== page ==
Now that I have my weapons ready, it’s inking madness.

Above: You can see I use the Technical Pen, however, use what works best for your purpose.

What’s really cool about going digital is you can clean-up any inking mistakes very simply. Back in the day (boy, I sound old) it was White-Out and messes. Not anymore, folks. It takes a quick swipe with the amazing digital eraser to clean up mistakes. And I tend to have a ton of them.

Nice. I have everything inked. That means coloring ensues.

I like to create my comics by layers when coloring. I keep the inked layer on TOP so everything under it doesn’t get covered up.

I start with typically doing the background first. In Procreate, you can use the little ‘S’ tool (it has a real name, but I just go by what it looks like) and outline areas to fill with color. You simply fill in areas by dragging the color from your color wheel – or block – and dropping it into the designated area.

Doing this by layers saves you a lot of headaches. Really. You’ll know what I mean after getting into Procreate and practicing.

Considering this isn’t exactly a coloring tutorial, but how I create a gag comic, I’m not going to go massively into how I color. However, I’ll quickly mention that after I have the blocked areas of color completed throughout the comic, I go in and shade, detail, etc. with typically the Round Brush tool.

And how about that? A completed comic! Well, almost…

As you can see, we need the caption in here, right? Also a copyright might be beneficial (it is).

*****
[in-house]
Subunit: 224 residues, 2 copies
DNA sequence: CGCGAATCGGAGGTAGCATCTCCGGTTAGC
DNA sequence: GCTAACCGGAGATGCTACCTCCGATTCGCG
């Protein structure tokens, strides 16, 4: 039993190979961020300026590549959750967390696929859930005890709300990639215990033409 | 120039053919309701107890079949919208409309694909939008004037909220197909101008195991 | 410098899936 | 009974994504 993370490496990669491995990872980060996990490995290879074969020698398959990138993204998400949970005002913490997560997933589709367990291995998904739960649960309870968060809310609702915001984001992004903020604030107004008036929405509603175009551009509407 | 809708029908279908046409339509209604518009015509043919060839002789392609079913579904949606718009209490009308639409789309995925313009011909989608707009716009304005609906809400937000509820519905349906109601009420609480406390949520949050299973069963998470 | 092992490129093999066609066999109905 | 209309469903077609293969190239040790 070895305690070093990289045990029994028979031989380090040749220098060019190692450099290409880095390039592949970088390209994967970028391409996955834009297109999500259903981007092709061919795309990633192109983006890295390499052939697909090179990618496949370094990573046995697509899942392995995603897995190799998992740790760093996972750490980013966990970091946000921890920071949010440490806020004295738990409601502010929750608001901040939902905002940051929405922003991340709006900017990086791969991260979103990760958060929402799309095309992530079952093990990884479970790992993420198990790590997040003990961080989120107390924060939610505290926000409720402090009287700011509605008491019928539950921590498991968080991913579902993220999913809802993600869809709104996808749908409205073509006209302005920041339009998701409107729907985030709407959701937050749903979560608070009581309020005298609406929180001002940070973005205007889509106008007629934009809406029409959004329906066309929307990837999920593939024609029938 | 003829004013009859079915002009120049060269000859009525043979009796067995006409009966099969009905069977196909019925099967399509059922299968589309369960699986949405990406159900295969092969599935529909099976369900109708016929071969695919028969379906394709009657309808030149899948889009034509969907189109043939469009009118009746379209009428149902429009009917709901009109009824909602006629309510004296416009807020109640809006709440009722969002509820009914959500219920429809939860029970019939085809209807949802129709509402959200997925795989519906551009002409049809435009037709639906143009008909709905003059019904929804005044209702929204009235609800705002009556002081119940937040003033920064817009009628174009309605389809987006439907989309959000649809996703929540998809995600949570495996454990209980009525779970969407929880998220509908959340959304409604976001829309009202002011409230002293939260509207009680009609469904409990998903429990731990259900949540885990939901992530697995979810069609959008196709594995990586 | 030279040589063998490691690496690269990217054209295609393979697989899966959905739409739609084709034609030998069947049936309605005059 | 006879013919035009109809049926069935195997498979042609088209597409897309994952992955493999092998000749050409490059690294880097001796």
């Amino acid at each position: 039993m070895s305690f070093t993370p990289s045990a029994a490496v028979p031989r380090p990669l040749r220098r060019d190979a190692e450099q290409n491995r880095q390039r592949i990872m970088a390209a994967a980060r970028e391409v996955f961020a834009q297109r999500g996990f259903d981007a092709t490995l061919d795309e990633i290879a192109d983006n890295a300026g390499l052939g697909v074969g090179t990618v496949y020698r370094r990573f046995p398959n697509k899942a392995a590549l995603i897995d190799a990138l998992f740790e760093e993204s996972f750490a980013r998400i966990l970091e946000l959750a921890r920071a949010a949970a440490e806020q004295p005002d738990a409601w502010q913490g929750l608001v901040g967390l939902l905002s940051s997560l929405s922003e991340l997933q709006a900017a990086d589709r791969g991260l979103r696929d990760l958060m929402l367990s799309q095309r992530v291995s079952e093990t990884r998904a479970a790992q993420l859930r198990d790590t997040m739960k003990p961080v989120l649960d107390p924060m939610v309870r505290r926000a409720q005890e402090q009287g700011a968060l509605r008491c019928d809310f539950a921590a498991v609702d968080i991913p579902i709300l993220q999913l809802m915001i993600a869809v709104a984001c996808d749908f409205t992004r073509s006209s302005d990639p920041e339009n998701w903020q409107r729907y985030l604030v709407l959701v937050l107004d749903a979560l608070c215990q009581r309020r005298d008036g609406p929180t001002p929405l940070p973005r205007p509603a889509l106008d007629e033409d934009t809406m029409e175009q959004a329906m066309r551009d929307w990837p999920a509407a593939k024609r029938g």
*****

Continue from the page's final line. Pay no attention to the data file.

What I do is send this file back to my Photoshop.

There are many ways to transfer this to your “system.” You can Airdrop it, or – if you have Dropbox or something similar – just send it there directly from Procreate. Whatever you want.

The objective is to get it to Photoshop so I can add the text and copyrights.

I get it in the system, add some space to the bottom of the image, and put text in…

…then…

Look! A finished comic.

As for copyrights, I have an entire .PSD file that has EVERY copyright I use. I simply grab it from there. Like my panel, I created the copyright sign(s) years ago and use the same one all the time to avoid typing each time I create a comic.

Above: A few of my many copyrights and signatures I use for my clients and myself.

Hit the ol’ ‘save’ button. Save as a .jpeg or whatever.

And yes, you guessed it. That’s it! That’s how I create a gag comic. See? Nothing too intense, right?

I’ll just finish with this: If you’re thinking about going digital, the iPad Pro, Apple Pencil and Procreate seem to be the cheapest option out there. You technically don’t need Photoshop even — that’s just my preference. You can do it ALL on the iPad. It used to be thousands of dollars for digital art software, but not any more. Procreate is $9.99, a good, used iPad Pro can run about $500 or so on eBay and an Apple Pencil is about a hundred bucks brand new. Adding it up, it’s still a lot cheaper than it used to be and you save money on paper.

If gag comics are your thing, I hope I squared up the process well for you. (I had to throw in an awful pun, right?)

How do YOU go about creating your gag comics? Leave some comments and let’s hear it!

Comments

  1. Jim says:

    Very interesting, Nate! How long did it take for you to feel comfortable in full digital mode?

    I’d like to try it some day, but currently it’s pencil on paper, ink over the pencil, and corrections and color digitally.
    My day job is 8 hours in front of a glowing rectangle each day, so I think I cling to pencil on paper as an antidote to that. I think it takes me back to countless peaceful hours drawing as a kid.

    1. Nathanael Fakes says:

      Jim, I was always one to say, “There’s no way I’d ever go completely digital.” Seriously, I was so anti-digital, I could’ve held a protest march. Plus, I’m a huge fan of original art. That being said, once I bought the iPad, it all happened very quickly (within about a month). I bought the iPad just for coloring originally, with no intention of using it for drawing or inking. But, with Procreate, the feel and ease of use sold me. I was hooked and never looked back. I was amazed how quickly I adapted to it.